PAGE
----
Indiana picked up its eighth Big Ten win on Saturday afternoon at Assembly Hall, but it didn’t come nearly as easy as its last three victories in Bloomington. The Hoosiers beat Minnesota 74-68, but had to overcome a poor shooting effort and shaky second half defense to prevail.
Here’s a look at five takeaways from the win over the Golden Gophers:
· Indiana can grow from this win: In a pretty drastic flip of the script from the last three games at Assembly Hall, Saturday’s outcome was in doubt in the final four minutes. In fact, after leading by 16 in the first half, Indiana allowed Minnesota to come all the way back and take a 67-66 lead with 3:54 remaining.
So what’s the positive to draw from what most are probably looking at as a major collapse?
Indiana had to figure out a way to win. Minnesota isn’t a good team, but the Gophers had confidence in the second half and the Hoosiers weren’t getting stops defensively. And when Minnesota took the lead, Indiana clearly had its back to the wall.
But in a game that IU teams of the last two seasons likely would have lost, this group made the plays necessary in the final two minutes to prevail. That can build confidence for a team as much as a blowout win can.
“We don’t always want to look back on last year,” Yogi Ferrell explained. “I feel like this is a new team. With this new team we have made many strides from the beginning of the season with how we want to win close games. The close games that we had early on in the season, and losing them, helped us turn those into wins now.”
· IU’s second half defense had major issues: The Hoosiers came out in a zone for the first 20 minutes and limited Minnesota to .74 points per possession.
The second half, however, featured mostly man-to-man and Kevin Dorsey and Nate Mason burned Indiana repeatedly. Without a post scoring presence, the Gophers scored 30 points in the paint in the second half. Many of the buckets were in transition and many were in simple breakdowns in the halfcourt where Dorsey and Mason went right to the basket and scored.
In the aftermath, Ferrell didn’t hold back when offering his assessment of how IU defended in the second half.
“Our transition defense was terrible,” Ferrell said. “We were not getting back at all, and we had bad matchups in transition. Thomas (Bryant) was on the point guard and that is not what we want. We had terrible communication.”
· Bryant saves the day inside as outside shots fall short: Indiana couldn’t buy a bucket from the perimeter (2-of-18 on 3s) and still managed to eek out a win. The primary reason? Thomas Bryant.
The freshman center, who belongs in any discussion of the best freshman big man in the country, shot 11-of-13 from the field and 1-of-3 from the foul line to finish with 23 points. When Bryant catches the ball deep into the post, it’s typically a bucket. He is setting the pace nationally with a 2-point field goal percentage of 75.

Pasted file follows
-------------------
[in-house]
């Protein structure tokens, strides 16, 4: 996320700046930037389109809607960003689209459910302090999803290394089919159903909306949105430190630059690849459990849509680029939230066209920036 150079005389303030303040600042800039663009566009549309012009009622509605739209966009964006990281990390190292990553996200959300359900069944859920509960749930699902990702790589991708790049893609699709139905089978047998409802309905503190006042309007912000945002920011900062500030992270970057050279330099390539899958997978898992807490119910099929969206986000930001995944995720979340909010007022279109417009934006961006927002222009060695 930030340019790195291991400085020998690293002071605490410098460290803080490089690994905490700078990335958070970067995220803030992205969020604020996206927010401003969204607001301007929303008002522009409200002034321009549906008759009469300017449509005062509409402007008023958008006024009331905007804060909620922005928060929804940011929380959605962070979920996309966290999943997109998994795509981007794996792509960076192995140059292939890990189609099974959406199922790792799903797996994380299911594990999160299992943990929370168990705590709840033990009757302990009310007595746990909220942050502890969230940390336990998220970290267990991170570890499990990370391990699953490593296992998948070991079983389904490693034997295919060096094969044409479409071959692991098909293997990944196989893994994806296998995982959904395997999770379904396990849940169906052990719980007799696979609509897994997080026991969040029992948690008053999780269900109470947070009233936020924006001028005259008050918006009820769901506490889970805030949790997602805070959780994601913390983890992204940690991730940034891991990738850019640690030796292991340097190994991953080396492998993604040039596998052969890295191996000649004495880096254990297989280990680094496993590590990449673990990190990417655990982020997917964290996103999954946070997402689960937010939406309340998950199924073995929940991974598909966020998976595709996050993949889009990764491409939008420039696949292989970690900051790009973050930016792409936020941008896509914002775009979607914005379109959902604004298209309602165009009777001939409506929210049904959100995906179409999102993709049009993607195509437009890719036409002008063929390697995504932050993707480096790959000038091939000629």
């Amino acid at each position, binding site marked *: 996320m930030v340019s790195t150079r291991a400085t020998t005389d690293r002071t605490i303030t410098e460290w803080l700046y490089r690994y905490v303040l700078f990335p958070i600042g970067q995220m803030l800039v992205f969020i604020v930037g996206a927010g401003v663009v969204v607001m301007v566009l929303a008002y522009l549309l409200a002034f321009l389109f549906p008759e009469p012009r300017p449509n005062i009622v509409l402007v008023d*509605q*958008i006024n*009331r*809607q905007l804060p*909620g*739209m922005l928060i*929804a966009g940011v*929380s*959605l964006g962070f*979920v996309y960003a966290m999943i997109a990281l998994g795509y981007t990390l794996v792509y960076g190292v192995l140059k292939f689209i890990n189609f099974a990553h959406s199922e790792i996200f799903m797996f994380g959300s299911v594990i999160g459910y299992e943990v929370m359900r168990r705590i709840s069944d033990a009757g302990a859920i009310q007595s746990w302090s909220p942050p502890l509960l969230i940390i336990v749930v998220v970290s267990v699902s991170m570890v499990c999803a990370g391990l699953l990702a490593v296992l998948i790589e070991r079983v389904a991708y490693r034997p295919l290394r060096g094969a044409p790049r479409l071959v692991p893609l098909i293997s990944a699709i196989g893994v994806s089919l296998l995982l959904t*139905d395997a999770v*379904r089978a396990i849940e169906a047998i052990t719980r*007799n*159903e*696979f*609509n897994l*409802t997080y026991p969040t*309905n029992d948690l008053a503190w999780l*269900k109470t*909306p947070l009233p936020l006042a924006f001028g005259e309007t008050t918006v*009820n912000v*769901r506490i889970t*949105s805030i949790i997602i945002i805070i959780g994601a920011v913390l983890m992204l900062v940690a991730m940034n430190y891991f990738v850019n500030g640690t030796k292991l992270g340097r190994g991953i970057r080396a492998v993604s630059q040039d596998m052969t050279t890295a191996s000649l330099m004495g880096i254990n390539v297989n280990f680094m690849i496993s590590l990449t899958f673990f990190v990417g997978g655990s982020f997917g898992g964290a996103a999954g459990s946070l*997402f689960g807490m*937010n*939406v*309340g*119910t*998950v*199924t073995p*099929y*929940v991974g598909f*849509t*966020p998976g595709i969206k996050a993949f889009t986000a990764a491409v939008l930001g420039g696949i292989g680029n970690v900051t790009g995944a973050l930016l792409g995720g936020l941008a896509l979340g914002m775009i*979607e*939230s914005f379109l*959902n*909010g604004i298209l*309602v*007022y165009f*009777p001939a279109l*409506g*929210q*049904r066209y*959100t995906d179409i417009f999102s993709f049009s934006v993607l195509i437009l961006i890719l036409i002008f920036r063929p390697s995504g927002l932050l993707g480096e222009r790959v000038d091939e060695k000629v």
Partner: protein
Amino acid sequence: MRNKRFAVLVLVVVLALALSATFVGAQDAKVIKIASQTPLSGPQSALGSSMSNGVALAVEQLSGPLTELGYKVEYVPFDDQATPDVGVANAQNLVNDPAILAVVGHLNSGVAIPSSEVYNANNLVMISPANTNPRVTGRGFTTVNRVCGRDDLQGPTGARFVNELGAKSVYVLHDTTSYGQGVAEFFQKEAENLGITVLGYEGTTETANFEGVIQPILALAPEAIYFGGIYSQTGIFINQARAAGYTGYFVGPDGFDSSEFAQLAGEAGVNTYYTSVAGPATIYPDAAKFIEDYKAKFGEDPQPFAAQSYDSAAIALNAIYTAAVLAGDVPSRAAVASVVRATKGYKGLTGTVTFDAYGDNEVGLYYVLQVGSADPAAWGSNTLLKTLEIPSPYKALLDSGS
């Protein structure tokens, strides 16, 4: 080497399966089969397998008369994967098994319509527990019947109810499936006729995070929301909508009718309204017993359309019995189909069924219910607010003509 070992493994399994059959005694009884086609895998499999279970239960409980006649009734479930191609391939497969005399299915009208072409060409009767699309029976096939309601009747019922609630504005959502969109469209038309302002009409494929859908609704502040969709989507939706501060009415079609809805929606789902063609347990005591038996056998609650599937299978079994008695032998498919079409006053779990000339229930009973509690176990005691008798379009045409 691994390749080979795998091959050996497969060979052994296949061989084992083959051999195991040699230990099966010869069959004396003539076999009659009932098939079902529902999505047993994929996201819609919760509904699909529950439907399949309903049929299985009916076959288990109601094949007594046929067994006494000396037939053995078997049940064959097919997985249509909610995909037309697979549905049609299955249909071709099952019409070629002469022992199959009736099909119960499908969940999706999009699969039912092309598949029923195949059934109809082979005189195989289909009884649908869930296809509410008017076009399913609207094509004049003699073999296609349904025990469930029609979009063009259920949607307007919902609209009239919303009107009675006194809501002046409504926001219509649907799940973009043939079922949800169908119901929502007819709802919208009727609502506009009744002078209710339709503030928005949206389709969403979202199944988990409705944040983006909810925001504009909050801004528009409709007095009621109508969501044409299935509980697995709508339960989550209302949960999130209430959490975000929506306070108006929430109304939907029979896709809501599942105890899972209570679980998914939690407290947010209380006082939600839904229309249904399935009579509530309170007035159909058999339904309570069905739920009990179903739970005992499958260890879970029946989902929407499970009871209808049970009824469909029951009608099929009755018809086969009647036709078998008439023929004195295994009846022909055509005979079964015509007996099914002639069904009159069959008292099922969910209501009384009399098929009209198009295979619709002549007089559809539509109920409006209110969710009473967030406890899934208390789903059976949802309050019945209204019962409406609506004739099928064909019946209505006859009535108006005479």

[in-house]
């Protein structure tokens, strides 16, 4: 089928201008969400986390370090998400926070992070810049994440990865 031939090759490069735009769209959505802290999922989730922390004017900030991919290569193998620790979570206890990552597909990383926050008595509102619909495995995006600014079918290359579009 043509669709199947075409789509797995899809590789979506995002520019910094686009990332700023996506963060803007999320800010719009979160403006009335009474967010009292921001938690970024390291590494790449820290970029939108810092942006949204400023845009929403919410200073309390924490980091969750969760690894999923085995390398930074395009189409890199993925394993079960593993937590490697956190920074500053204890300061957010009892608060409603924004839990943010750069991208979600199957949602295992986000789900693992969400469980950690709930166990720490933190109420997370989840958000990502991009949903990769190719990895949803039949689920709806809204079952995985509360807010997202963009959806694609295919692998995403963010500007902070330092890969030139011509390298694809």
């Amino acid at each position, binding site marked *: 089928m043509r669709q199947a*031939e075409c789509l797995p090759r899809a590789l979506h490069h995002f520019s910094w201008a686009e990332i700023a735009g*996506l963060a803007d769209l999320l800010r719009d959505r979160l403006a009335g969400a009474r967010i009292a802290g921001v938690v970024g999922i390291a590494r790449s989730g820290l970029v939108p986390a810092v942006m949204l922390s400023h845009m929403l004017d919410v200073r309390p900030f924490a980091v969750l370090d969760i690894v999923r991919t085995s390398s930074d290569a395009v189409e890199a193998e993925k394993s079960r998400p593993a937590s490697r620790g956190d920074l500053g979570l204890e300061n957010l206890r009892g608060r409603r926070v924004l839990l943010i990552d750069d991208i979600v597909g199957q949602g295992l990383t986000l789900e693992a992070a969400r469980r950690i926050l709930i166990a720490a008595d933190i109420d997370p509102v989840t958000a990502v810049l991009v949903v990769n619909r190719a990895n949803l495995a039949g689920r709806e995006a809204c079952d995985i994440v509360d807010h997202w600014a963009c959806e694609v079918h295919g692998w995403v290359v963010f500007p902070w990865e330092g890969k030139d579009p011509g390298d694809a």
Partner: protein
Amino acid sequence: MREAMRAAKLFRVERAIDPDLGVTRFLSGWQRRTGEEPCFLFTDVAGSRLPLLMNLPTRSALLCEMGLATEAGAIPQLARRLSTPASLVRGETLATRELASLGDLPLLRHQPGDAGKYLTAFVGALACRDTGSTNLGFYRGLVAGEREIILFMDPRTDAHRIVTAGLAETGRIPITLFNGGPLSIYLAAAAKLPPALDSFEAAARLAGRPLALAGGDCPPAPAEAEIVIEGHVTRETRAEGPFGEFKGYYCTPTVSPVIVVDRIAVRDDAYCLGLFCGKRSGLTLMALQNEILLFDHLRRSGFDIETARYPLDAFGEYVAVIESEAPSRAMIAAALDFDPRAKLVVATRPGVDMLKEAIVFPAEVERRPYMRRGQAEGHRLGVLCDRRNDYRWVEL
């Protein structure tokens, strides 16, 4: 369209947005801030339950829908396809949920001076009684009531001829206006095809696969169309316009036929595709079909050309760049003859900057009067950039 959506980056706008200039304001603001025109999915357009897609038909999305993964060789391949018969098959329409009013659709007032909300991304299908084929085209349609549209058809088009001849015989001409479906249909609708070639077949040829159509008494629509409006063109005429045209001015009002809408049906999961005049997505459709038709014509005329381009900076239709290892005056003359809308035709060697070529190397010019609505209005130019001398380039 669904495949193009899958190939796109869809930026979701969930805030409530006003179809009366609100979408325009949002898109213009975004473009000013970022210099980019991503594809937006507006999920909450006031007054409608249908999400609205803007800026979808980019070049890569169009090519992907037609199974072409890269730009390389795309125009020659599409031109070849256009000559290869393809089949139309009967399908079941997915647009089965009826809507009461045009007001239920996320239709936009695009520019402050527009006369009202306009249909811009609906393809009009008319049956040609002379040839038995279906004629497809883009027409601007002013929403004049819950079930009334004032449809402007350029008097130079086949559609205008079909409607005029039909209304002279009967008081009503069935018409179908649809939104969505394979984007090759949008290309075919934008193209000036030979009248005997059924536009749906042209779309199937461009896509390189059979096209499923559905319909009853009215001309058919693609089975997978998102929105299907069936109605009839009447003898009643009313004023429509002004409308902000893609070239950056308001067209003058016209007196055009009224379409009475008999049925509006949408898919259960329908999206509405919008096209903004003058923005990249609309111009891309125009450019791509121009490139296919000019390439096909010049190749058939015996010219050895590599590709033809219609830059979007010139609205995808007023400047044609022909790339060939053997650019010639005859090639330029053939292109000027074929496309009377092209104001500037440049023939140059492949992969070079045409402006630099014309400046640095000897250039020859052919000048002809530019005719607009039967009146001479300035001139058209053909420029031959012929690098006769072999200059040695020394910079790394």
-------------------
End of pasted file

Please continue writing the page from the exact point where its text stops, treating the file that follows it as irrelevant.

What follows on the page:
“I’m always confident with or without the ball in my hands,” the freshman said postgame. “This team isn’t just around me. It’s an all around thing.”
· Hoosiers drop turnover rate after poor performance at Wisconsin: One positive of IU’s offensive profile on Saturday was an improved turnover rate. After turning it over on 25.3 percent of its possessions in Madison, the Hoosiers dropped the number to a far more manageable 15.7 percent against Minnesota.
At the halfway point of the Big Ten season, the numbers are still concerning.
Indiana is the best shooting team in the conference with an effective field goal percentage of 56.9, but is still in the cellar in terms of taking care of the ball. IU’s turnover rate of 21 percent is 2.7 percent higher than Purdue (18.3), which is ranked 13th in the league.
With the schedule toughening up significantly beginning Tuesday, Indiana needs to take care of the ball like it did on Saturday to remain a major player in the conference race.
· Shutting down Joey King was a major key defensively: Minnesota senior forward Joey King had earned a prominent spot on the scouting report entering Saturday’s contest.
In three previous contests against the Hoosiers, King was averaging 15.7 points. In what will likely be his final game against Indiana (unless the teams meet in the Big Ten tournament), King did not score in 25 minutes. He took four shots in 25 minutes.
On an afternoon when Dorsey and Mason combined for 42 points and were essentially unstoppable in the second half, Indiana shutting down King was a game changer.
Filed to: Minnesota Golden Gophers